Oct 3 2013
New York City Republican mayoral hopeful Joe Lhota defended the NYPD’s broad surveillance of Muslims and attacked the Associated Press’ Pulitzer Prize-winning reporting during a wide-ranging interview with BuzzFeed.
BuzzFeed Lhota dismissed the AP’s reporting as based on “supposition” and “missing a big point.” Lhota also denied, despite reports based on documents and sources, that the NYPD had ever spied on a Muslim establishment without following a target.
“When you look at the facts they don’t willy-nilly go there because of the people there,” Lhota said. “I have yet to see any place where they have gone where there was not at least one, if not two people that they were focused on that brought them to that mosque. The mosque didn’t come first.”
The NYPD did, however, spy on establishments like restaurants without a target to surveil, according to the documents published by the AP’s Adam Goldman and Matt Apuzzo. Through a task force known as the the Demographics Unit, a part of the NYPD’s Intelligence Division, a system of “rakers” would attend establishments owned by Muslims, usually to feel a local businesses out and write reports on goings-on. If a patron, business owner, or employee mentioned reading radical literature, it would find its way into a report. If a patron spoke sympathetically about United States enemies, it would probably make its way into a report.
Lhota added such behavior was not different from tactics already employed by the FBI, using the example of the Boston bombing to explain why such information gathered could be useful alluding at one point to the Zazi plot to bomb the New York City subway system. Lhota also said they were similar tactics employed in the fight against organized crime.
Lhota said the AP and its reporters said such programs were unconstitutional, but they write in their book’s epilogue “the NYPD says it’s all been legal. And it might be right.” Like Lhota, Goldman and Apuzzo cite the Handschu agreement and Justice Department not opening a civil rights investigation.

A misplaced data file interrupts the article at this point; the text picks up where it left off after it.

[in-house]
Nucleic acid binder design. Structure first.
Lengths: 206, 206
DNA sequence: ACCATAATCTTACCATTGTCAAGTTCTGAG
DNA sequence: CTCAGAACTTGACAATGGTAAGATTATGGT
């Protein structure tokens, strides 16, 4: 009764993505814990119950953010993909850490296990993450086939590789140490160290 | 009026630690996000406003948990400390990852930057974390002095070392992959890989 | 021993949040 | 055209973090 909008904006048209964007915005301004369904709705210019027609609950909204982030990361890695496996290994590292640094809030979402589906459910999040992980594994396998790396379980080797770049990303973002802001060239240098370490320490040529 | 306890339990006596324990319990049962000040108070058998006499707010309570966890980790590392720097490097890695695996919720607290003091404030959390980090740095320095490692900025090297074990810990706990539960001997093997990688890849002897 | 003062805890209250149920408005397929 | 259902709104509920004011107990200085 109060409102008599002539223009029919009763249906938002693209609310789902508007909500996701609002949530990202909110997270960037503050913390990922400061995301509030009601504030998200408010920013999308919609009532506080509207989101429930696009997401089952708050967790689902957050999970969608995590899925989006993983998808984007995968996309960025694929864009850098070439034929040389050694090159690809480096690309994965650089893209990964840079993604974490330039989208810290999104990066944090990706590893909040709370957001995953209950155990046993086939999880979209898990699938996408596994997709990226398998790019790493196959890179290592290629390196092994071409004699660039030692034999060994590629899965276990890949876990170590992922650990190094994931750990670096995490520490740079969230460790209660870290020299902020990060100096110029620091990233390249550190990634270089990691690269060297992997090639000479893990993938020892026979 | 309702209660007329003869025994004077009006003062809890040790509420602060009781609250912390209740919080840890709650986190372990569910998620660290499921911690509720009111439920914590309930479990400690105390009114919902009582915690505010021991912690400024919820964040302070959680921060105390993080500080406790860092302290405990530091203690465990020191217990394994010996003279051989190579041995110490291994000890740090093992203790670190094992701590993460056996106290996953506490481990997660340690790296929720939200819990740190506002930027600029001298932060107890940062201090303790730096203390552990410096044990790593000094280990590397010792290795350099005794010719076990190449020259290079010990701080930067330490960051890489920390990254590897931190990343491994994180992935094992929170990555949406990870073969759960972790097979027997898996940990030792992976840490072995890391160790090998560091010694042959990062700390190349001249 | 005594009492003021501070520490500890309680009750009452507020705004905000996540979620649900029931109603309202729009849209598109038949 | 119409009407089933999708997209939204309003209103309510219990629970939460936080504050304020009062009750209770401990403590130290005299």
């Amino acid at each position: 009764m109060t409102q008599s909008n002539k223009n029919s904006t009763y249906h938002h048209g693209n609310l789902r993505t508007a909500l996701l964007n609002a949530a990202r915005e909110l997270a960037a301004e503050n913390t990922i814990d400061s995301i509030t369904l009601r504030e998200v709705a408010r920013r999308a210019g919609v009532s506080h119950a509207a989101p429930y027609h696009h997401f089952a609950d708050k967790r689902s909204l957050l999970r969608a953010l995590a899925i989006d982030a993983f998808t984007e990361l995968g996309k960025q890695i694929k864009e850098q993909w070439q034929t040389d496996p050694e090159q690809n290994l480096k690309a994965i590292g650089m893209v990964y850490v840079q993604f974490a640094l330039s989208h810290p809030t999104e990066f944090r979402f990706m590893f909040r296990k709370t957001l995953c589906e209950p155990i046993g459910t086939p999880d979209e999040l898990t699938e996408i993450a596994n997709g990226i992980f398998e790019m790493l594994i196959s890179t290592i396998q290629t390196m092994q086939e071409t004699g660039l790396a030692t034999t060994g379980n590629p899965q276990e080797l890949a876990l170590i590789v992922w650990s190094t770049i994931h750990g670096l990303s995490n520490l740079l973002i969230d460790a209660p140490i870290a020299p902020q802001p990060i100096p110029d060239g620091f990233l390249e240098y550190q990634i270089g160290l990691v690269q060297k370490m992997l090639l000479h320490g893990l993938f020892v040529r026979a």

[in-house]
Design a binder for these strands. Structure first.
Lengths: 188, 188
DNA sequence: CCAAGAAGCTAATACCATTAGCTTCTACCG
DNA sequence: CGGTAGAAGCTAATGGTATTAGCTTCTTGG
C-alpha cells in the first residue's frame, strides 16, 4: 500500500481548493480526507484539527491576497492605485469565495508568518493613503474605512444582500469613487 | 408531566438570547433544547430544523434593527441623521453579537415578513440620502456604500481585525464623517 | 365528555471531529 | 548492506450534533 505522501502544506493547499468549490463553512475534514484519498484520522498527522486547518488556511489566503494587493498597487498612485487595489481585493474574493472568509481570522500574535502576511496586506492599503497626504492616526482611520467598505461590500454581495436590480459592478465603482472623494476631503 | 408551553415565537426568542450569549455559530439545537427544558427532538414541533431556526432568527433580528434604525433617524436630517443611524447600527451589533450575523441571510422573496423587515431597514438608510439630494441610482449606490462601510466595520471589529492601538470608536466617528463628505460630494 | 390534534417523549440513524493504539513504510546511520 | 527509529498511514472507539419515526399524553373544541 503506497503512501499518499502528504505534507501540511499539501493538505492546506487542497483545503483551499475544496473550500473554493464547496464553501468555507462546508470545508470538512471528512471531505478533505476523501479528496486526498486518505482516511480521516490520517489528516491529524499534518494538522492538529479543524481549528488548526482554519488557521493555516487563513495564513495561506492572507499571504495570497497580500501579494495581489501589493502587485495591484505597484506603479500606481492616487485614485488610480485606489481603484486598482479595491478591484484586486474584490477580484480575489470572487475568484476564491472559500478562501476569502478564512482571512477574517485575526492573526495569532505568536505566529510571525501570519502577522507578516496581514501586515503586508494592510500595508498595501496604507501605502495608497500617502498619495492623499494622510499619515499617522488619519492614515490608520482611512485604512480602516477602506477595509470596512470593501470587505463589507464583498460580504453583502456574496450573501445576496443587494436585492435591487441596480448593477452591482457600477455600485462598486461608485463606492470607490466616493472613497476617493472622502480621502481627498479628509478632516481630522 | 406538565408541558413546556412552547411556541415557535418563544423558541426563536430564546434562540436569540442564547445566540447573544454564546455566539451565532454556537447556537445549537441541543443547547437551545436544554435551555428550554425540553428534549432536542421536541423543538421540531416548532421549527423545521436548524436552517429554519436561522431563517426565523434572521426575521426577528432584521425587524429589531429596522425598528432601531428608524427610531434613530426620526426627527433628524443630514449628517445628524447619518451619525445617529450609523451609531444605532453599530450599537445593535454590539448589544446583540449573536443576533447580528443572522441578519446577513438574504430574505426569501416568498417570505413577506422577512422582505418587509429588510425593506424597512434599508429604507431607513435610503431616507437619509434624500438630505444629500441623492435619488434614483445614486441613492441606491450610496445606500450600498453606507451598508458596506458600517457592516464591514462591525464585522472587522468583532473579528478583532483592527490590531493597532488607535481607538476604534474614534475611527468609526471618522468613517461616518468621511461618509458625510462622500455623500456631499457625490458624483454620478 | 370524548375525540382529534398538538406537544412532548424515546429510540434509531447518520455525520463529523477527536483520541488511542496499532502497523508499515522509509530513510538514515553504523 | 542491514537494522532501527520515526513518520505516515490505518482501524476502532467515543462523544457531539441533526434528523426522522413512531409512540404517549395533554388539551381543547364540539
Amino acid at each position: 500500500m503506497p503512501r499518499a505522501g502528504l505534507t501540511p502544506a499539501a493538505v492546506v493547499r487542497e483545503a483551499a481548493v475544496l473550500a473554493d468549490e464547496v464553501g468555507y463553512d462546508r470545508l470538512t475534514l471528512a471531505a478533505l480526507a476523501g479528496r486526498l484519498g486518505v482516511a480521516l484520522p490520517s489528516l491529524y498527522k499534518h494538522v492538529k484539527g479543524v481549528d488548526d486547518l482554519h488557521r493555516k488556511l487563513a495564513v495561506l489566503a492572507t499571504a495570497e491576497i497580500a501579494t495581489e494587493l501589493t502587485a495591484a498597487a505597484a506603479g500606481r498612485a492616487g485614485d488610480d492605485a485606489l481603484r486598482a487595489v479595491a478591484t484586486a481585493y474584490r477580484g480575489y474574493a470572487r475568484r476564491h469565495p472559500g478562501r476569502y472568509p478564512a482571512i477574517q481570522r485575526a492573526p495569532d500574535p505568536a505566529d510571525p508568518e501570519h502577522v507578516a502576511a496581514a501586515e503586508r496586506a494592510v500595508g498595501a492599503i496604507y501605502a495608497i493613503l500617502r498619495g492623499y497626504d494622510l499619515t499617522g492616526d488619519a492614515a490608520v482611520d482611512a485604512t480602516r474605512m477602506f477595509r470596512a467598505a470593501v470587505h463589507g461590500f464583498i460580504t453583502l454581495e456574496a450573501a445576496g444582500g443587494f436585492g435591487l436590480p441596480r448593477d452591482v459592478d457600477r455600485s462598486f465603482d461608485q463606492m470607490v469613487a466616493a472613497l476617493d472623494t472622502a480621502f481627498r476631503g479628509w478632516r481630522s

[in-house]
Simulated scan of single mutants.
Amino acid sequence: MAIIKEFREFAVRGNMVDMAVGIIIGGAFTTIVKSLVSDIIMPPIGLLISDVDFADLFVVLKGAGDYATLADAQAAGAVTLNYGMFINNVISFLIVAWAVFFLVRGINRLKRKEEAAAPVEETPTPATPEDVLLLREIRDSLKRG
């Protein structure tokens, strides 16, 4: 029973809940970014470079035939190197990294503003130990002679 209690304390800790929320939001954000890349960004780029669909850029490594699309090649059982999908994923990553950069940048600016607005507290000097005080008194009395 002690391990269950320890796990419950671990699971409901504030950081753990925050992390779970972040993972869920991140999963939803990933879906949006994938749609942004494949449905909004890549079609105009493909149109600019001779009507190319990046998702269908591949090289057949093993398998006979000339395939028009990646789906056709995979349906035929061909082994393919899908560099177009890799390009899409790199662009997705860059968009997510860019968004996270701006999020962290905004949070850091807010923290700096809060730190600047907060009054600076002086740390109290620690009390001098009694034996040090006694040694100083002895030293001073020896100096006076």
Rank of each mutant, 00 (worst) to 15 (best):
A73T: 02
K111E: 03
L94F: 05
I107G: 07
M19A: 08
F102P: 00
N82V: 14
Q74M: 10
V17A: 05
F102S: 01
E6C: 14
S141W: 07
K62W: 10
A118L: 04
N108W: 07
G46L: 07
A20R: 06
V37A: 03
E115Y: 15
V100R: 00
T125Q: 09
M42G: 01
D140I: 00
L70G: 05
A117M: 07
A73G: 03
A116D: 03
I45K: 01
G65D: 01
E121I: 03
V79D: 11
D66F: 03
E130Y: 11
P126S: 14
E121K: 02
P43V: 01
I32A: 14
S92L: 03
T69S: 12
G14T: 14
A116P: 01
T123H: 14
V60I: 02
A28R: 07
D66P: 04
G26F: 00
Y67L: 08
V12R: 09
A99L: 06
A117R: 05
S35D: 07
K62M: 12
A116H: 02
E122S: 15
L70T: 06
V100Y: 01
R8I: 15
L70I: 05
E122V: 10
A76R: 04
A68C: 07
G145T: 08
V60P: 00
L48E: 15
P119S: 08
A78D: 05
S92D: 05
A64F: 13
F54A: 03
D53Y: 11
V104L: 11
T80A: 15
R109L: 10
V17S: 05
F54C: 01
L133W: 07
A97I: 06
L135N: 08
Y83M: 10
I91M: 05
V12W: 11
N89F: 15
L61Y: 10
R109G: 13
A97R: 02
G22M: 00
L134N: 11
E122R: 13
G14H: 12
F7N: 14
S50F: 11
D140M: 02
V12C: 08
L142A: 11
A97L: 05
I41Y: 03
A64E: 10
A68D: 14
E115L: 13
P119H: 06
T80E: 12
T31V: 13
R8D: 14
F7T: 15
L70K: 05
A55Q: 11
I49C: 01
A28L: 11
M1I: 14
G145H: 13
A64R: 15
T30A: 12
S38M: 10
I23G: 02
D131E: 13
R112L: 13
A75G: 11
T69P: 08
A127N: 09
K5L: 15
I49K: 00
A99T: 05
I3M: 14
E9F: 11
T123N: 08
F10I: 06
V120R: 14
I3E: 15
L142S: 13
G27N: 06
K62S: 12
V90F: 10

In 1994, Lhota joined the administration of Mayor Rudy Giuliani, where he held several positions over Giuliani’s two terms. He first served as chief of staff to the deputy mayor for finance and economic development and that year was quickly was promoted to New York City finance commissioner. In 1995, he was selected as director of the office of management and budget. In 1998, Giuliani appointed Lhota to deputy mayor for operations.
Lhota served as Mayor Giuliani’s liaison to the White House, United States Congress, governor of New York, New York State Legislature and New York City Council. Additionally, he was responsible for oversight of the City’s relationships with the public employee unions and development of collective bargaining agreement strategies. As deputy mayor, Lhota served as the highest-ranking member of the Mayor’s core management team. On this team, Lhota developed and implemented the strategies and initiatives that accomplished the successful “turn-around” of New York City, which had been plagued by a high crime rate, sense of fear among citizens, reduction in social services, and high tax rates.